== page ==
Drugs destroy countless lives. They lead to crime, violence and disorder on our streets. They are one of the creeping and corrosive threats to our society that we must do more to tackle. But I am also determined to do all I can to protect the most vulnerable, who too often become the victims. I am proud to have played my part in the development of the Government’s new drug strategy which sets out how we will tackle the deadly impact of drugs, including substances like spice or fentanyl.
Drugs are illegal because they devastate lives. They are illegal because traffickers target vulnerable people all over the world and exploit their misery. They are illegal because of the agony caused by those solely focused on their next fix.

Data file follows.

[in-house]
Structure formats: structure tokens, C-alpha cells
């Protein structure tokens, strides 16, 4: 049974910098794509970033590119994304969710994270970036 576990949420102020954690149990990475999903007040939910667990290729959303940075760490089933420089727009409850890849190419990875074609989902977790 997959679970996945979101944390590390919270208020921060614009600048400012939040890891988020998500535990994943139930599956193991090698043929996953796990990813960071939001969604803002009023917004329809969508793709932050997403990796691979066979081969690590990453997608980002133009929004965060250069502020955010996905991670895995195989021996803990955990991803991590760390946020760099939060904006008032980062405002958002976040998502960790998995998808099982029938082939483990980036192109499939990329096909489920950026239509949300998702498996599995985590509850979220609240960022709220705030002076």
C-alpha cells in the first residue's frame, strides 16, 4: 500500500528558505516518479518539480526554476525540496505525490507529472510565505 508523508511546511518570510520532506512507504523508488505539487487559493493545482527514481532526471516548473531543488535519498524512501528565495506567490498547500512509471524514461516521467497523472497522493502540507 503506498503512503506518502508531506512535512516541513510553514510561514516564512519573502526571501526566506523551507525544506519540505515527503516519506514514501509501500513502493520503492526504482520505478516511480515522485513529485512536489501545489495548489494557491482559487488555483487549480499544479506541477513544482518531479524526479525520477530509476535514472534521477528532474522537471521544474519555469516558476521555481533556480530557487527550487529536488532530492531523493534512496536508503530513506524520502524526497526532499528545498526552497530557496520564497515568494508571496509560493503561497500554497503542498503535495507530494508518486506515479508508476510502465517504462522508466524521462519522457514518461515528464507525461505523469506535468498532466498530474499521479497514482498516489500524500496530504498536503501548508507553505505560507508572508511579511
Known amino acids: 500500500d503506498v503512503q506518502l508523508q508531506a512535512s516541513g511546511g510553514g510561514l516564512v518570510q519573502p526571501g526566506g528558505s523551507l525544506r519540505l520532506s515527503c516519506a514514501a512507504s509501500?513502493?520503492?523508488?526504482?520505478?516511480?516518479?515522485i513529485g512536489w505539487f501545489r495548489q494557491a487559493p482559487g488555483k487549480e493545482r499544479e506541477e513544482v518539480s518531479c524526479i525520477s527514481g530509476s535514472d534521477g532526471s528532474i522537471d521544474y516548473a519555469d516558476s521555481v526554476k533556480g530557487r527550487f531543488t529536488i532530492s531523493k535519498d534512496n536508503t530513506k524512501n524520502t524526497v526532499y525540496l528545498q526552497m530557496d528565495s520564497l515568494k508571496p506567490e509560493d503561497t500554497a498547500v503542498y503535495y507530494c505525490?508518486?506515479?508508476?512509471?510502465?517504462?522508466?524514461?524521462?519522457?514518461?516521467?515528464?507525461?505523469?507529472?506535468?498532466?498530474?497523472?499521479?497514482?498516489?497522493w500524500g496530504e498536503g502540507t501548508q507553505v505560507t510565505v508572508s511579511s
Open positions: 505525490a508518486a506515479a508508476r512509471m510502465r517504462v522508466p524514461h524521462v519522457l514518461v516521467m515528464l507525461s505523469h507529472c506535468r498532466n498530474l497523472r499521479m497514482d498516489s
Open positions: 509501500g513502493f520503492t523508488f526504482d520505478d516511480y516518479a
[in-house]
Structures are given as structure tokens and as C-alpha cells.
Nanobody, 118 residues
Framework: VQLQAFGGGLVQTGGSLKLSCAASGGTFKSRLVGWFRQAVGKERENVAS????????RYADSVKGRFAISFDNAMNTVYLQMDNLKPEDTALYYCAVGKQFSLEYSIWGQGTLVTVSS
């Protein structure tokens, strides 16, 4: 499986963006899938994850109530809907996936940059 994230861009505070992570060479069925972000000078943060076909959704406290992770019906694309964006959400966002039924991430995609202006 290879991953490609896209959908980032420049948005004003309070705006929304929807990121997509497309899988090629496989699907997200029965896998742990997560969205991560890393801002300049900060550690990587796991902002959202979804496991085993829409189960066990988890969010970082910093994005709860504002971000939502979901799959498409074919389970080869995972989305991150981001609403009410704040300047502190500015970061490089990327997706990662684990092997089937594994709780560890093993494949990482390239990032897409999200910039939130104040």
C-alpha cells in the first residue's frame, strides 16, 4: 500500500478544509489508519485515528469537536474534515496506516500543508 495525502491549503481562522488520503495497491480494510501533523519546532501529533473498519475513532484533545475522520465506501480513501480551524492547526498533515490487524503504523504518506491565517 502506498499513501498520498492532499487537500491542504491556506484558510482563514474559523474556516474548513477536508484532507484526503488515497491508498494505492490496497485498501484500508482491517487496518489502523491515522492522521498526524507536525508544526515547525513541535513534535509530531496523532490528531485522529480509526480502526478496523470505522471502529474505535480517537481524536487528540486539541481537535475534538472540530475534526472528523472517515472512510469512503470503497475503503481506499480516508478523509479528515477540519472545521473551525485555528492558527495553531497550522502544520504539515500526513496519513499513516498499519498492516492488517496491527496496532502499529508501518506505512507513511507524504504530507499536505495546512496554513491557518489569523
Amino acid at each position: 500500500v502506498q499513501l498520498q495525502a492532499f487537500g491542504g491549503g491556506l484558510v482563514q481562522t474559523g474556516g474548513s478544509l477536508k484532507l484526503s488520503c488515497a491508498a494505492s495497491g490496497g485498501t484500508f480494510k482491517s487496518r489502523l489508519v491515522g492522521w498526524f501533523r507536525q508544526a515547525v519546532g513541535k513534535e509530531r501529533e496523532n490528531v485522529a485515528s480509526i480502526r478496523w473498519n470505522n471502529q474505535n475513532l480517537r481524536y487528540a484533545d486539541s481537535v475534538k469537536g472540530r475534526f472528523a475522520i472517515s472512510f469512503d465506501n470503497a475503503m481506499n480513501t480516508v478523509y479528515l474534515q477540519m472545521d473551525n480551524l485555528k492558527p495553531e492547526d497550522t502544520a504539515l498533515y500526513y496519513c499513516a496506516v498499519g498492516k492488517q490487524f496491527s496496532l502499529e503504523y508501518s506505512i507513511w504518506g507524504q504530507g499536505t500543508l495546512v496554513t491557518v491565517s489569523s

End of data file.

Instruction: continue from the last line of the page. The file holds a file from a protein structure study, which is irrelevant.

Last year, the Psychoactive Substances Act introduced a blanket ban on so-called ‘legal highs’, meaning back-yard chemists can no longer dodge the law by making small changes to the make up of dangerous drugs.
Being tough on drugs is vital, but it cannot be all we do.
It is vital we protect the vulnerable – to prevent them falling into the cycle of drug abuse and to help them turn their lives around. Doing so will spare countless families the agony of seeing a loved one’s life destroyed. It could save lives. And it will reduce the burden placed on our public services, in particular the police and the NHS.
While drug use is falling we are not complacent and are redoubling our efforts to prevent children taking drugs.
The new post of Recovery Champion will travel up and down the country, meeting NHS staff, police officers, teachers, community groups and local authorities, who all have a vital role to play in enabling people to live their lives free of drugs.
First Published in the West Briton 18/07/17